Thursday, March 15, 2007
"The Best Boston Sports Arguments - the 100 most controversial, debatable questions for die-hard Boston fans" by Jim Caple & Steve Buckely is what the title describes. The book discusses what we all debate, somewhat incoherently, at around 1a.m. at the bar. In most cases, the questions and answers aren’t anything new, enlightening - other than some historical facts, or all that entertaining for a die-hard. The book should have been named as The Boston Transplant’s Guide to the Sports Scene - don’t be left out of the closing time chatter. But it does have a few interesting sections.
First off, I whole-hearty agree that Bill Russell deserves something named after him. It is huge oversight by local and state officials. After the incident Russell and his family endured in Reading, it is a great thought that the town should be renamed Bill Russell, Massachusetts. It is not realistic, although how about naming the T-station after him as well as a change Causeway to Bill Russell Road outside of the Garden.
Secondly, the question: Who’s had a better career, Ben Affleck or Lou Merloni? is brilliant. The “feud” between native sons started back in 2002, Affleck tooled on Framingham’s own during a broadcast saying that Merloni “…said the Red Sox sending him down was making a mockery of his career…Hitting .192 is making a mockery of your career.” As most know, Merloni has not had much of a career. He is/was a utility infielder that did not play a good shortstop, could not take a base or hit for power. All of which limited his usefulness as a late inning replacement. He did hit consistently well against southpaws so he could be platooned. On most clubs, Lou is the 26 to 30th man on the roster. As for Affleck, he has had his share of bombs and box office booms, but Good Will Hunting trumps everything in this debate. It is a great movie and won an Oscar! Merloni never made an All-Star team, won an MVP award or anything. The Ben Af-Flack trivia question has clearly had a better career.
It does not get nearly the publicity that the Babe Ruth and Jeff Bagwell trades, but Caple and Buckely are dead on that “…the most boneheaded front office move in Red Sox history” is Haywood Sullivan not mailing Carlton Fisk and Fred Lynn’s contracts on time. Thus, they would have been awarded free agency in 1981. I can’t be the only one thinks Sully had a good night, but a terrible morning that lead to this foolish mistake. Sully ruined a what could have a nice run in the early 1980’s. Yaz, Rice, Lynn, Dewey, Fisk, Remy, Boggs or Landsford would have been a fierce lineup.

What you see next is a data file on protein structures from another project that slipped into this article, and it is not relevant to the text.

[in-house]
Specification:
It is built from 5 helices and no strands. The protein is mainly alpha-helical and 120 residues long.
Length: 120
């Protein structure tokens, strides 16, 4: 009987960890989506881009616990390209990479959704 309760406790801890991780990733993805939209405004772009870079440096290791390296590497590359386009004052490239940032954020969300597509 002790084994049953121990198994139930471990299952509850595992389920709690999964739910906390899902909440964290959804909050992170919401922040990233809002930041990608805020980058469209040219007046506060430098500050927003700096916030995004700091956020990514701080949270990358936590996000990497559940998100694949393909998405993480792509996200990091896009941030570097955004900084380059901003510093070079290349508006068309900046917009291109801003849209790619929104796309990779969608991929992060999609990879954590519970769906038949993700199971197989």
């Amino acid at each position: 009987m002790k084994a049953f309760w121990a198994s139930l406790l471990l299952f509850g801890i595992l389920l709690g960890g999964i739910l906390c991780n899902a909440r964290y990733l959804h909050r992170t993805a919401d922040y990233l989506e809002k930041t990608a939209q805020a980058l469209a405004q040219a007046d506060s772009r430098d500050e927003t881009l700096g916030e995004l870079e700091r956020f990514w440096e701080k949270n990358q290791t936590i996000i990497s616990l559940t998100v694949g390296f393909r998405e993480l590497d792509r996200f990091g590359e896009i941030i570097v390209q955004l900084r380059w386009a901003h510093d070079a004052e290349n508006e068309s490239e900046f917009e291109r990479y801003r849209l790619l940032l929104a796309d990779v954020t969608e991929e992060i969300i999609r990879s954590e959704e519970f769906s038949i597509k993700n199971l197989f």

Lastly, the authors feel that the Red Sox are the new MFY and to a certain degree I reluctantly agree. But Caple and Buckely pick and choose the facts to support their claim. Most notably on the comparison that the Sox “employing mercenaries” like the MFY. They state “Of the nine players on the field for the final out of the 2004 World Series, not one came up through the Red Sox farm system.” It is an accurate statement, although the Sox went to their prevent defense - substituting Kapler for Nixon and others. It would have been better to state that eight of the Sox nine starting position players were not draft by the Sox. The authors should not have cherry picked their facts.
The duo then claim that “The Red Sox biggest starts in recent year - Manny, Pedro, Papi, Damon, Schilling, Mueller, Millar - all reached Boston via free agency or high profile trades that were essentially off limits to poorer teams.” I’m sorry to say, since I like both Caple and Buckely, this statement is garbage. Papi was non-tendered by the Twins. Nearly any club could have signed him for what the Sox offered since he had to compete for a job back in 2003. Mueller was thought by most clubs as an injury risk and a corner player with a poor batting average and limited power. He was not highly regarded as a free agent. As for Millar, the Marlins sold him to Japan. Any club probably could have just bought Millar like the Dragons of the Far East. This statement was a mistake.
Regardless of my harsh critique in the above paragraph, the book is a nice primer for new Bostonians on the subject - pro sports - that consume a good portion of our free time. As I stated earlier, the book should have been titled The Boston Transplant’s Guide to the Sports Scene - don’t be left out of the closing time chatter. (Book Publishers - I can be contacted at email@example.com)